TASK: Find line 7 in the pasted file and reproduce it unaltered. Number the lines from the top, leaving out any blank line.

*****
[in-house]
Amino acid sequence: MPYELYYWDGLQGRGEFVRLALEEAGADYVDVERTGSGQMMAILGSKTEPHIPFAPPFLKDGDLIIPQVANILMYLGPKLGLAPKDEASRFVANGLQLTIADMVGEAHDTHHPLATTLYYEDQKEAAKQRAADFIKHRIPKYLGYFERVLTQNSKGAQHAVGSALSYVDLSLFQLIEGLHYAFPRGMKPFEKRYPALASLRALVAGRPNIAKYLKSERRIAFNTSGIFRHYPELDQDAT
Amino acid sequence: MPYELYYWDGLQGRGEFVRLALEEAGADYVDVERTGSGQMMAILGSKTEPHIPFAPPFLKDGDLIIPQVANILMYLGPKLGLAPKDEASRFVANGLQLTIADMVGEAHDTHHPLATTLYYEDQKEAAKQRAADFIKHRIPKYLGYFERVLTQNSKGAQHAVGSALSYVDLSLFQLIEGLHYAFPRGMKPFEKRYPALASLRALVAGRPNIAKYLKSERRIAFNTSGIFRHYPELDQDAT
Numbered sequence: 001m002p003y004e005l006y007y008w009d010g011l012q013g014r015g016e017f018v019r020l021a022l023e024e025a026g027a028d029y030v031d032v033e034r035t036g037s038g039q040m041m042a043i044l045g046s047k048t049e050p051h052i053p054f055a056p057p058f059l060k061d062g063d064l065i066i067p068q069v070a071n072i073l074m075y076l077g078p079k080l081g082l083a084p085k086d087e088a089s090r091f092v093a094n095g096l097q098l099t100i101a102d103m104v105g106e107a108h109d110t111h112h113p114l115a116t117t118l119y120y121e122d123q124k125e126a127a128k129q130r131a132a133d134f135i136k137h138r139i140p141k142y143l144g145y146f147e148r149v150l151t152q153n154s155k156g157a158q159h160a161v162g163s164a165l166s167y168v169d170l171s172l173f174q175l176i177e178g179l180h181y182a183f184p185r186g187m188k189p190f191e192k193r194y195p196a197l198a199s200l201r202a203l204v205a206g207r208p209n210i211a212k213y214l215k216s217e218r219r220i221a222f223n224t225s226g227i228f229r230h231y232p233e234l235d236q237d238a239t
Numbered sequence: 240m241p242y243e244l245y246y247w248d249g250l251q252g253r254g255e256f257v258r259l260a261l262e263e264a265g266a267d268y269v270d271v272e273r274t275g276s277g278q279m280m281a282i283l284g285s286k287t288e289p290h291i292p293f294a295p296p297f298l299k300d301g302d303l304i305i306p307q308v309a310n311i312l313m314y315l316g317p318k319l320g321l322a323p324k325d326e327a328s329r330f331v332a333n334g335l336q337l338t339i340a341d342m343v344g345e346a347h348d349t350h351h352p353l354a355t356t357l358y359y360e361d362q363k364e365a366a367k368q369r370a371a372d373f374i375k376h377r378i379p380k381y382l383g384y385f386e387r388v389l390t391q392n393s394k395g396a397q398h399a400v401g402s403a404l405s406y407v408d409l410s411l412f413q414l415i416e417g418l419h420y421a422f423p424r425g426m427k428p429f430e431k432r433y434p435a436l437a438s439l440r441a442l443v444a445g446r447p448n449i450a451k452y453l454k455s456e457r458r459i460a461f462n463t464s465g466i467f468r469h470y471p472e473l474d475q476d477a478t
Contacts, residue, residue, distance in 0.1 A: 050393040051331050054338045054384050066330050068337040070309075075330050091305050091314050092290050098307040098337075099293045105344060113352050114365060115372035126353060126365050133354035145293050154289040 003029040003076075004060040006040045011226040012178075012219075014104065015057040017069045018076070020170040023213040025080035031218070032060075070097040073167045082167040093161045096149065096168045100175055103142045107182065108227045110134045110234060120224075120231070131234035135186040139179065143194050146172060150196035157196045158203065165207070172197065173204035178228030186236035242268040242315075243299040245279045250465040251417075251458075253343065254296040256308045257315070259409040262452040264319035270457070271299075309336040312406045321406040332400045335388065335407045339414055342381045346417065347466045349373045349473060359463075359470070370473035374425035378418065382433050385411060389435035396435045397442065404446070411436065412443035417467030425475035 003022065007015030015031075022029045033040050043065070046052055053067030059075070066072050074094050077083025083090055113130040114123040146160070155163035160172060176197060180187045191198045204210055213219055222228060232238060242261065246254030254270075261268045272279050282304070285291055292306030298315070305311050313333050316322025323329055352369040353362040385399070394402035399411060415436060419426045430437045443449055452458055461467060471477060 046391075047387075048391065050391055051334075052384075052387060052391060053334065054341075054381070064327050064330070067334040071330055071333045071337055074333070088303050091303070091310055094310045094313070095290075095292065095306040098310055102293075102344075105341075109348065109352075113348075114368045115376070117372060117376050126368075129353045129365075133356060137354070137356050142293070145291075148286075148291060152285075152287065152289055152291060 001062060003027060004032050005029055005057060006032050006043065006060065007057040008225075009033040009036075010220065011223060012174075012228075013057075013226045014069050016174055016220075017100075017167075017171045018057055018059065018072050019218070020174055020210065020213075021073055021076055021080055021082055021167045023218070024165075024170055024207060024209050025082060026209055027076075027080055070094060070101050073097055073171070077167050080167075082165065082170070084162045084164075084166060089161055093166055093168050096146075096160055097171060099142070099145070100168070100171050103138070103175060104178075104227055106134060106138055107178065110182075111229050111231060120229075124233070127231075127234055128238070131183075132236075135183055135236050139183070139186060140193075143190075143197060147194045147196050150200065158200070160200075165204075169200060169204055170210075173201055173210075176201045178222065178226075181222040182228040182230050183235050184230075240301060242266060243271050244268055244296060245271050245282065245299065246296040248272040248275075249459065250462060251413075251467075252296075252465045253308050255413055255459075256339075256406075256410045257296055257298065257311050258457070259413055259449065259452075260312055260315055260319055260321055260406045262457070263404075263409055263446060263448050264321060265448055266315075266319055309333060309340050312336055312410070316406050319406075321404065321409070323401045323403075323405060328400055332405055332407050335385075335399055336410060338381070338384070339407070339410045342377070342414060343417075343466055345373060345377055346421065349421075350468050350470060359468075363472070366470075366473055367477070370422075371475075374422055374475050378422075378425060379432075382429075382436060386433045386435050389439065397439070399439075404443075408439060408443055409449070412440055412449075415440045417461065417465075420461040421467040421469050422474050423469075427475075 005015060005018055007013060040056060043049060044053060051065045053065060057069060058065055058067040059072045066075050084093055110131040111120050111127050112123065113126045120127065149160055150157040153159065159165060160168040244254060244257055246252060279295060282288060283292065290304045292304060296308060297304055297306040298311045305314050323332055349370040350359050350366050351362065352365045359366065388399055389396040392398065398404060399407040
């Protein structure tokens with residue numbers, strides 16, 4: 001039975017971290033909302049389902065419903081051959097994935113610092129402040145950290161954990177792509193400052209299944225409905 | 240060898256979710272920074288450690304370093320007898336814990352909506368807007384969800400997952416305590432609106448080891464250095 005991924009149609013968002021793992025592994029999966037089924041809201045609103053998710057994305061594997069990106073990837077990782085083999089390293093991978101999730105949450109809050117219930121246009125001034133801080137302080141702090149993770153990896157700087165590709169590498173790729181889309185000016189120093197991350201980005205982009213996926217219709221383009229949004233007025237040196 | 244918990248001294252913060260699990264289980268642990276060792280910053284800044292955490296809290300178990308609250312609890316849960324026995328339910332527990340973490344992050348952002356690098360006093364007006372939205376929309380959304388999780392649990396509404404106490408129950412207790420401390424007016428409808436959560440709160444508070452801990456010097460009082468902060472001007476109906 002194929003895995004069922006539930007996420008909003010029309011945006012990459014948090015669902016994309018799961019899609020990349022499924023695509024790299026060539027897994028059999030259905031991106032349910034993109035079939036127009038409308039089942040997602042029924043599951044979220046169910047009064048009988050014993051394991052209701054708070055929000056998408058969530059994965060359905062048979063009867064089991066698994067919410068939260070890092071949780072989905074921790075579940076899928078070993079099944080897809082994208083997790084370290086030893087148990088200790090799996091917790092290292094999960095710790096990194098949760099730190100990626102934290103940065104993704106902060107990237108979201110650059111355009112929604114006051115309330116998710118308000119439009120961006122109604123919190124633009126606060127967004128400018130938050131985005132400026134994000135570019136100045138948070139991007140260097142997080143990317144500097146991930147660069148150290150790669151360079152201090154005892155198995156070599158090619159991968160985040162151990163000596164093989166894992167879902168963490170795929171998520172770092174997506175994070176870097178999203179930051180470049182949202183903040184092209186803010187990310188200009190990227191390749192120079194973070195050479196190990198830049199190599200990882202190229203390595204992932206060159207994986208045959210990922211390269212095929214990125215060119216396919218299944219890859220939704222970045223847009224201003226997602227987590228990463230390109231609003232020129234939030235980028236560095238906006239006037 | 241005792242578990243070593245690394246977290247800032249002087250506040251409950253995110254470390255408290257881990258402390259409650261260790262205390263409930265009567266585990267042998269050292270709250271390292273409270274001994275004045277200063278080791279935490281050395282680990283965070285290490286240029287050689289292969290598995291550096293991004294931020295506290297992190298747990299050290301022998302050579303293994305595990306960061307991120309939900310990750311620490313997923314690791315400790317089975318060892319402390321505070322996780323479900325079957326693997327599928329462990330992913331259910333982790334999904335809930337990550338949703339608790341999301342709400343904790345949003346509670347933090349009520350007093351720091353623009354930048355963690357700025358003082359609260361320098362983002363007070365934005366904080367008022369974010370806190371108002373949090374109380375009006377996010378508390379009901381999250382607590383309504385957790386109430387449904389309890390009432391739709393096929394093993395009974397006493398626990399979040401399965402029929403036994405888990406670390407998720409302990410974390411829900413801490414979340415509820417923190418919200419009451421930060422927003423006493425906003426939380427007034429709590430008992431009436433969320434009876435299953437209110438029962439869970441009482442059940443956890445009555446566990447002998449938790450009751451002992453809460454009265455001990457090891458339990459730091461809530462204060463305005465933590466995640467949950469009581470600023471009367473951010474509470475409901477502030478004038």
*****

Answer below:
């Protein structure tokens with residue numbers, strides 16, 4: 001039975017971290033909302049389902065419903081051959097994935113610092129402040145950290161954990177792509193400052209299944225409905 | 240060898256979710272920074288450690304370093320007898336814990352909506368807007384969800400997952416305590432609106448080891464250095 005991924009149609013968002021793992025592994029999966037089924041809201045609103053998710057994305061594997069990106073990837077990782085083999089390293093991978101999730105949450109809050117219930121246009125001034133801080137302080141702090149993770153990896157700087165590709169590498173790729181889309185000016189120093197991350201980005205982009213996926217219709221383009229949004233007025237040196 | 244918990248001294252913060260699990264289980268642990276060792280910053284800044292955490296809290300178990308609250312609890316849960324026995328339910332527990340973490344992050348952002356690098360006093364007006372939205376929309380959304388999780392649990396509404404106490408129950412207790420401390424007016428409808436959560440709160444508070452801990456010097460009082468902060472001007476109906 002194929003895995004069922006539930007996420008909003010029309011945006012990459014948090015669902016994309018799961019899609020990349022499924023695509024790299026060539027897994028059999030259905031991106032349910034993109035079939036127009038409308039089942040997602042029924043599951044979220046169910047009064048009988050014993051394991052209701054708070055929000056998408058969530059994965060359905062048979063009867064089991066698994067919410068939260070890092071949780072989905074921790075579940076899928078070993079099944080897809082994208083997790084370290086030893087148990088200790090799996091917790092290292094999960095710790096990194098949760099730190100990626102934290103940065104993704106902060107990237108979201110650059111355009112929604114006051115309330116998710118308000119439009120961006122109604123919190124633009126606060127967004128400018130938050131985005132400026134994000135570019136100045138948070139991007140260097142997080143990317144500097146991930147660069148150290150790669151360079152201090154005892155198995156070599158090619159991968160985040162151990163000596164093989166894992167879902168963490170795929171998520172770092174997506175994070176870097178999203179930051180470049182949202183903040184092209186803010187990310188200009190990227191390749192120079194973070195050479196190990198830049199190599200990882202190229203390595204992932206060159207994986208045959210990922211390269212095929214990125215060119216396919218299944219890859220939704222970045223847009224201003226997602227987590228990463230390109231609003232020129234939030235980028236560095238906006239006037 | 241005792242578990243070593245690394246977290247800032249002087250506040251409950253995110254470390255408290257881990258402390259409650261260790262205390263409930265009567266585990267042998269050292270709250271390292273409270274001994275004045277200063278080791279935490281050395282680990283965070285290490286240029287050689289292969290598995291550096293991004294931020295506290297992190298747990299050290301022998302050579303293994305595990306960061307991120309939900310990750311620490313997923314690791315400790317089975318060892319402390321505070322996780323479900325079957326693997327599928329462990330992913331259910333982790334999904335809930337990550338949703339608790341999301342709400343904790345949003346509670347933090349009520350007093351720091353623009354930048355963690357700025358003082359609260361320098362983002363007070365934005366904080367008022369974010370806190371108002373949090374109380375009006377996010378508390379009901381999250382607590383309504385957790386109430387449904389309890390009432391739709393096929394093993395009974397006493398626990399979040401399965402029929403036994405888990406670390407998720409302990410974390411829900413801490414979340415509820417923190418919200419009451421930060422927003423006493425906003426939380427007034429709590430008992431009436433969320434009876435299953437209110438029962439869970441009482442059940443956890445009555446566990447002998449938790450009751451002992453809460454009265455001990457090891458339990459730091461809530462204060463305005465933590466995640467949950469009581470600023471009367473951010474509470475409901477502030478004038």